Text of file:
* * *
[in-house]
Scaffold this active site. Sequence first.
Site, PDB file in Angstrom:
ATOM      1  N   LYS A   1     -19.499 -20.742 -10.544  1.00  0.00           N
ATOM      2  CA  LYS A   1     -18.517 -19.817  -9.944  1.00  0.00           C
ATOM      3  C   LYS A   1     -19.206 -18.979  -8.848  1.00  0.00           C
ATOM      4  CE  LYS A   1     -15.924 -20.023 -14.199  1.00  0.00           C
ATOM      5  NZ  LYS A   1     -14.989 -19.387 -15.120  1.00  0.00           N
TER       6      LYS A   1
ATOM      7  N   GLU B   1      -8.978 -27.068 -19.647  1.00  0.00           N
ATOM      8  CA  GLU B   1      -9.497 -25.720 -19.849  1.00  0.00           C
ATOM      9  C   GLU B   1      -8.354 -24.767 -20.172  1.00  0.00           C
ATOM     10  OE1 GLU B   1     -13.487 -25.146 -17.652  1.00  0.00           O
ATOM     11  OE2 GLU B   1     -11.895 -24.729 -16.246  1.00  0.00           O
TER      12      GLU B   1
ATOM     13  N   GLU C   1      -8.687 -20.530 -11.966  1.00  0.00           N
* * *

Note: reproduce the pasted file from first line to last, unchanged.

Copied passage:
[in-house]
Scaffold this active site. Sequence first.
Site, PDB file in Angstrom:
ATOM      1  N   LYS A   1     -19.499 -20.742 -10.544  1.00  0.00           N
ATOM      2  CA  LYS A   1     -18.517 -19.817  -9.944  1.00  0.00           C
ATOM      3  C   LYS A   1     -19.206 -18.979  -8.848  1.00  0.00           C
ATOM      4  CE  LYS A   1     -15.924 -20.023 -14.199  1.00  0.00           C
ATOM      5  NZ  LYS A   1     -14.989 -19.387 -15.120  1.00  0.00           N
TER       6      LYS A   1
ATOM      7  N   GLU B   1      -8.978 -27.068 -19.647  1.00  0.00           N
ATOM      8  CA  GLU B   1      -9.497 -25.720 -19.849  1.00  0.00           C
ATOM      9  C   GLU B   1      -8.354 -24.767 -20.172  1.00  0.00           C
ATOM     10  OE1 GLU B   1     -13.487 -25.146 -17.652  1.00  0.00           O
ATOM     11  OE2 GLU B   1     -11.895 -24.729 -16.246  1.00  0.00           O
TER      12      GLU B   1
ATOM     13  N   GLU C   1      -8.687 -20.530 -11.966  1.00  0.00           N